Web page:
The emission spectra of the PM amplifiers at 102 W and 1890 W are shown in Fig. 7(a). From Fig. 7(a), it is shown that the residual pump power, the amplified spontaneous emission (ASE), and the stimulated Raman scattering (SRS) effect are not observed with SNR of ~44dB at 1890 W. The spectral details at 102 W and 1890 W are shown in the inset of Fig. 7(a). The resolution-limited FWHMs are measured to be 0.19 nm (51 GHz) at 102 W and 0.17 nm (45 GHz) at 1890 W, respectively. Besides, the spectral linewidths within 20 dB are measured to be 0.84 nm at 102 W and 0.7 nm at 1890 W, respectively. This linewidth narrowing effect is attributed to the gain competition effects in the power scaling process. Figure 7(b) shows the captured far field intensity distributions of the PM amplifiers at output powers of 552 W, 1048W, 1520 W and 1890 W, respectively. As shown in Fig. 7(b), low degradation of the far- field intensity distribution is observed during the power scaling process. At 1520 W output power, the beam quality (M2 factor) of the high power PM amplifiers is investigated for long time (15 minutes) operation. Five groups of M2 data (measured by using M2-200) are subsequently obtained during the observation time and the beam quality is maintained well during the whole investigation process. Figure 7(c) gives a typical M2 measurement result, which shows that the beam quality of the output beam is near-diffraction-limited (M2x ~1.19, M2y ~1.27). Besides, the output power of the PM amplifiers is stable during the observation time of 15 minutes. Figure 7(d) shows the polarization extinction ratio (PER) as a function of the output power, which is measured by using assemble components of a half-wavelength plate and a polarization beam combiner operating at central wavelength of 1064 nm. As shown in Fig. 7(d), the measured PER changes between 15.5 dB (97.2%) and 20.8 dB (99.2%), which just fluctuates within 2% during the power scaling process. At maximum output power, the PER of the PM amplifiers is measured to be 15.5 dB (97.2%).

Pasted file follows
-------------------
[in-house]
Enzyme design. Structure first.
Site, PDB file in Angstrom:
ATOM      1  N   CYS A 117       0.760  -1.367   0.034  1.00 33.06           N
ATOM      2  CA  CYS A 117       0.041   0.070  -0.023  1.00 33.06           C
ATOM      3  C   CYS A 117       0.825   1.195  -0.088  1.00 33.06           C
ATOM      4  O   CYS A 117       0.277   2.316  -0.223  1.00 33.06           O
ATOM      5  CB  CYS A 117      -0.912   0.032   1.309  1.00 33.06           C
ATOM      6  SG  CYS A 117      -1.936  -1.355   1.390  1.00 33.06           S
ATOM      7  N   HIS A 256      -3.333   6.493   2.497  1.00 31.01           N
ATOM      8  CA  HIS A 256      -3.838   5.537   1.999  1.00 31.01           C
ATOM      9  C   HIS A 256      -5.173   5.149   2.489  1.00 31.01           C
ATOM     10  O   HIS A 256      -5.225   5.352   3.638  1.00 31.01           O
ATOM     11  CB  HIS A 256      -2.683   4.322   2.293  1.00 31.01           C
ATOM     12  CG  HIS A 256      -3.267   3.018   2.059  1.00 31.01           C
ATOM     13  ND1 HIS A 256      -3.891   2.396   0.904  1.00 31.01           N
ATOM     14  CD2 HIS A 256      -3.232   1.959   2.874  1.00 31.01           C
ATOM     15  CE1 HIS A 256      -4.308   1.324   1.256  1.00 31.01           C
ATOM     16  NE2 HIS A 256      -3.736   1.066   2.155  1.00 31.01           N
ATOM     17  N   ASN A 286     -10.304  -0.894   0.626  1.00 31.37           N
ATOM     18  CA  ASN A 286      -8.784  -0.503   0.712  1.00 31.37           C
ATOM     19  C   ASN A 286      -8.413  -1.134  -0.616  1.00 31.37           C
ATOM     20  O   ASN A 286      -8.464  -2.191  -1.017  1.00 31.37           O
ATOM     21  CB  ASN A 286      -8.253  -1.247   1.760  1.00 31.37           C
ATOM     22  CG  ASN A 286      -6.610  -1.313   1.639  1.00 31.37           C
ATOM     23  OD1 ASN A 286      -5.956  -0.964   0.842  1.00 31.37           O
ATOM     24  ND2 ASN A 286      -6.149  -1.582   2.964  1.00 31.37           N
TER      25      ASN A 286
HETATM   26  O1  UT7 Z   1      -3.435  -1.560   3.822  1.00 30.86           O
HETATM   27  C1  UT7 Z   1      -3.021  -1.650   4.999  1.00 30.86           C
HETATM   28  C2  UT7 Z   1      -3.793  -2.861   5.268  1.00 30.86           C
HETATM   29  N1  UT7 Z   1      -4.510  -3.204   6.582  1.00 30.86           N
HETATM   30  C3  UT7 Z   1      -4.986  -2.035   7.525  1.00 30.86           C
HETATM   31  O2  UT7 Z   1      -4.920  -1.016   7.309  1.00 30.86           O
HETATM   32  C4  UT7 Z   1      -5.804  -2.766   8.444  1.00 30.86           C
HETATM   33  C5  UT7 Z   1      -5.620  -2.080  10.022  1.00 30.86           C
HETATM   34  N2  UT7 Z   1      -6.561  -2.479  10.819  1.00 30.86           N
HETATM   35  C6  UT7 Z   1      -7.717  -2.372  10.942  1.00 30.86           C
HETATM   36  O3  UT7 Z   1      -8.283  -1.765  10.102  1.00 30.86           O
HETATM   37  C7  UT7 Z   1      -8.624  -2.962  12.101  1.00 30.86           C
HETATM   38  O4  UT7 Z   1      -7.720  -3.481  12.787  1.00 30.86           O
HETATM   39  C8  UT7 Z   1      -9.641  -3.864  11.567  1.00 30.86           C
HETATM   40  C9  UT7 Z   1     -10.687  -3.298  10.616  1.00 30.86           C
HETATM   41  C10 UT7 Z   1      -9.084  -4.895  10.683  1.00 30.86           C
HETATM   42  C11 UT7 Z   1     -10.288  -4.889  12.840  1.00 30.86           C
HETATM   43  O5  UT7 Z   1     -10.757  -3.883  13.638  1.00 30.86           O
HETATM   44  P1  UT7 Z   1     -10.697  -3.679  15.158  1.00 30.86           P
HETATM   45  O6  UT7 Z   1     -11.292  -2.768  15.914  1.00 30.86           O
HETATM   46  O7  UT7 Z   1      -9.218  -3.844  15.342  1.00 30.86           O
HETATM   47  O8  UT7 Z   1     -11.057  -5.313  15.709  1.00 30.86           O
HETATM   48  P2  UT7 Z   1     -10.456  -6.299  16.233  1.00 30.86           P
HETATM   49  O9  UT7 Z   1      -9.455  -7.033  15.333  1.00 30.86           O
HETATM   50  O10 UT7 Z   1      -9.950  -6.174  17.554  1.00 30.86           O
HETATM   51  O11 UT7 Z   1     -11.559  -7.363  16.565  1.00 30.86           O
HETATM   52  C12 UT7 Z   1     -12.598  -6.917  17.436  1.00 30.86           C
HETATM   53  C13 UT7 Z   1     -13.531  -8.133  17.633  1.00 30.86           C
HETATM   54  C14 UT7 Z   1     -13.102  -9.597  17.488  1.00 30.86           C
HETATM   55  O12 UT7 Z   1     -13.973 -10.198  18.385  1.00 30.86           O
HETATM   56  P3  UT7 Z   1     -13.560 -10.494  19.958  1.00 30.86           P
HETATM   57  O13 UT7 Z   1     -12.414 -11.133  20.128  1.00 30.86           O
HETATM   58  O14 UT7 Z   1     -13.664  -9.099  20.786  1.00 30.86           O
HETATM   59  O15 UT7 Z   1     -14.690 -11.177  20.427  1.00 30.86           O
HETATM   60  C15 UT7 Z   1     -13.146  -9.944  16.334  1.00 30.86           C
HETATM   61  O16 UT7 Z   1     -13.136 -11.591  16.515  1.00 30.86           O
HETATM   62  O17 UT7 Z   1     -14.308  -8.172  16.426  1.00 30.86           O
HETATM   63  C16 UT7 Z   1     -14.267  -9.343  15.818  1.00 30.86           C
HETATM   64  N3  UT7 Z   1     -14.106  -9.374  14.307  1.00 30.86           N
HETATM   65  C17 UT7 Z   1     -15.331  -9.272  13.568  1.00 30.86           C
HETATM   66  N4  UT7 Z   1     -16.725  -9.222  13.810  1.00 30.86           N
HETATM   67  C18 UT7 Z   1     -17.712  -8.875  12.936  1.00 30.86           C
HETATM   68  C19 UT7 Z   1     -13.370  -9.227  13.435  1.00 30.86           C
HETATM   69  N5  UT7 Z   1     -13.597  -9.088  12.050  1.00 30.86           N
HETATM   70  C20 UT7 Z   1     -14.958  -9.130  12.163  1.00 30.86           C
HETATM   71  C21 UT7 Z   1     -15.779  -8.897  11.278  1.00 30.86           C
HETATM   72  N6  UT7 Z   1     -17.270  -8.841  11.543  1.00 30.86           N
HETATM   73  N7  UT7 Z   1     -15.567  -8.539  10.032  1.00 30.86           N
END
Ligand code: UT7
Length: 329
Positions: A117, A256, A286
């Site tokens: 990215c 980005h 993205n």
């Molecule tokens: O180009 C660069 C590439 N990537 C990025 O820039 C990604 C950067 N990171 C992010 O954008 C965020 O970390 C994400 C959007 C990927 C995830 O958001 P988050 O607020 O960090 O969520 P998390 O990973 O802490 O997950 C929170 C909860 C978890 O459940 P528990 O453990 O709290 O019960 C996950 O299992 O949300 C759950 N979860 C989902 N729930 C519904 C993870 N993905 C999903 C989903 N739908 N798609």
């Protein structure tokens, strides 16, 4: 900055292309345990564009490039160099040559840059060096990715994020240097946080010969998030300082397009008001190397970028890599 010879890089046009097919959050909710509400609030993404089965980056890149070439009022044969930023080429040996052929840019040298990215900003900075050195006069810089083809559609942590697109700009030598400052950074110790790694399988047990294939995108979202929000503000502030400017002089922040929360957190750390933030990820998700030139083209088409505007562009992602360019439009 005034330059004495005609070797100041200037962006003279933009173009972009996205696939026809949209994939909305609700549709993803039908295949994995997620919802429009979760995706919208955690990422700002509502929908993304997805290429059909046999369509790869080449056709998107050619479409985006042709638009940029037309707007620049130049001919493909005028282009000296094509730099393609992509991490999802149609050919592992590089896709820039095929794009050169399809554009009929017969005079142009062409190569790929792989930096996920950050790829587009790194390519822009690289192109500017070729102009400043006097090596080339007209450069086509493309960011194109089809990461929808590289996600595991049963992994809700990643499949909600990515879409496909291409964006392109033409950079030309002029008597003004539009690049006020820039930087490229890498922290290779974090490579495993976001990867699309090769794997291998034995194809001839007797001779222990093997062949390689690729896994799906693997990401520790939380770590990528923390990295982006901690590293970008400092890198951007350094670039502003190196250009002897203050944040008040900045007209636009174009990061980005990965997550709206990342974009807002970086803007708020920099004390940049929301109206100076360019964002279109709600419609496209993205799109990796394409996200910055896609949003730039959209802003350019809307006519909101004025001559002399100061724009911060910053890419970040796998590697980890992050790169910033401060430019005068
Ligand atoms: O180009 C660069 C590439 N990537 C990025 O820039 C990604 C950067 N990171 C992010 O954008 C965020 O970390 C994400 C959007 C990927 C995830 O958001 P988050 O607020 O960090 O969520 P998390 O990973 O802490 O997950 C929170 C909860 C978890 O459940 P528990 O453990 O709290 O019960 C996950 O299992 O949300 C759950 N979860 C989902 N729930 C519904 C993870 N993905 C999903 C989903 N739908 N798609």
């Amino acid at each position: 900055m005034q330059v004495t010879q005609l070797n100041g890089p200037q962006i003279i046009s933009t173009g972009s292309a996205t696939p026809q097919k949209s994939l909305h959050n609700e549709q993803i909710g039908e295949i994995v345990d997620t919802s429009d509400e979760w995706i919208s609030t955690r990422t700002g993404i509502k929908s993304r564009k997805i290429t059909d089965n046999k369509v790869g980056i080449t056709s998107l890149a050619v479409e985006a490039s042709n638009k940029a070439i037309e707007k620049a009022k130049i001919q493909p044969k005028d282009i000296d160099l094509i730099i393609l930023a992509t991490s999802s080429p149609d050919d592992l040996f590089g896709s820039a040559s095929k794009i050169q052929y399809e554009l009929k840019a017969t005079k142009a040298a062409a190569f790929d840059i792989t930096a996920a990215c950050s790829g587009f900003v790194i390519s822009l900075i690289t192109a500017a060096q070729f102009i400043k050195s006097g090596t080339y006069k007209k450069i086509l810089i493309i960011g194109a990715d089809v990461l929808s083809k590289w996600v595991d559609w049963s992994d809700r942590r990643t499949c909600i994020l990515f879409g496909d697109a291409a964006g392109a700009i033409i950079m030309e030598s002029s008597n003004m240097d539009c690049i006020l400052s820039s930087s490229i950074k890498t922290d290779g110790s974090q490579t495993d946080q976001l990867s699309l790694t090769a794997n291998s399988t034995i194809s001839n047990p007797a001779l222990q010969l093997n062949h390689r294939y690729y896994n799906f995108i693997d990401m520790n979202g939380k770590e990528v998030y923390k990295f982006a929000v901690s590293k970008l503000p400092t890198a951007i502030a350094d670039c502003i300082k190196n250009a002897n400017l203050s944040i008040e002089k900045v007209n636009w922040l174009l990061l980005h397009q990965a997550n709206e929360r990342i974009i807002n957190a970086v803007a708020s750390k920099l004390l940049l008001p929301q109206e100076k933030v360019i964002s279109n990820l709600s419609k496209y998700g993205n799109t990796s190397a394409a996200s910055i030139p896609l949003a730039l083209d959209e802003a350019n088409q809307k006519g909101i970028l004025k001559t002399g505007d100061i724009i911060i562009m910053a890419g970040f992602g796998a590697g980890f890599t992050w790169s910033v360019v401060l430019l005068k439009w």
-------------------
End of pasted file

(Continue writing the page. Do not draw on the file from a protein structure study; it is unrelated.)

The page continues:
High power, all fiberized and polarization-maintained amplifiers with narrow linewidth and NDL beam quality are presented based on a conventional MOPA configuration. During the power scaling process, the SBS effect is effectively suppressed by subsequently using three-stage cascaded phase modulation systems and the MI effect is managed by simply coiling the active fiber in the main amplifier. With increase of phase modulation signals, the SBS threshold is scaled up to 12 dB, 15.4 dB, and higher than 18 dB compared with the strictly single frequency amplification process. Output powers of 477 W, 1040 W, and 1890 W are achieved with FWHMs of within 6 GHz, 18.5 GHz, and 45 GHz, respectively. The MI threshold is increased from 738 W to 1890 W, which is scaled up to 2.5 times in the experiment. The PER just fluctuates within 2% during the power scaling process and as high as 15.5 dB is obtained at 1890 W output power. Low degradation of the far-field intensity distribution is observed along with increase of output power. At 1520 W, the PM amplifiers are operated stably without degradation of beam quality (M2 factor) for long time observation. The M2 factor is measured to be within 1.3 (M2x ~1.19, M2y ~1.27) at 1520 W output power. To the best of our knowledge, this is the first demonstration of all-fiberized amplifiers at 2 kW power-level with the characteristics of narrow linewidth, near linear polarization, and NDL beam quality.
This research is sponsored by the National Natural Science Foundation of China (NO. 11274386) and the innovation projects of Hunan Province and National University of Defense Technology for graduate students.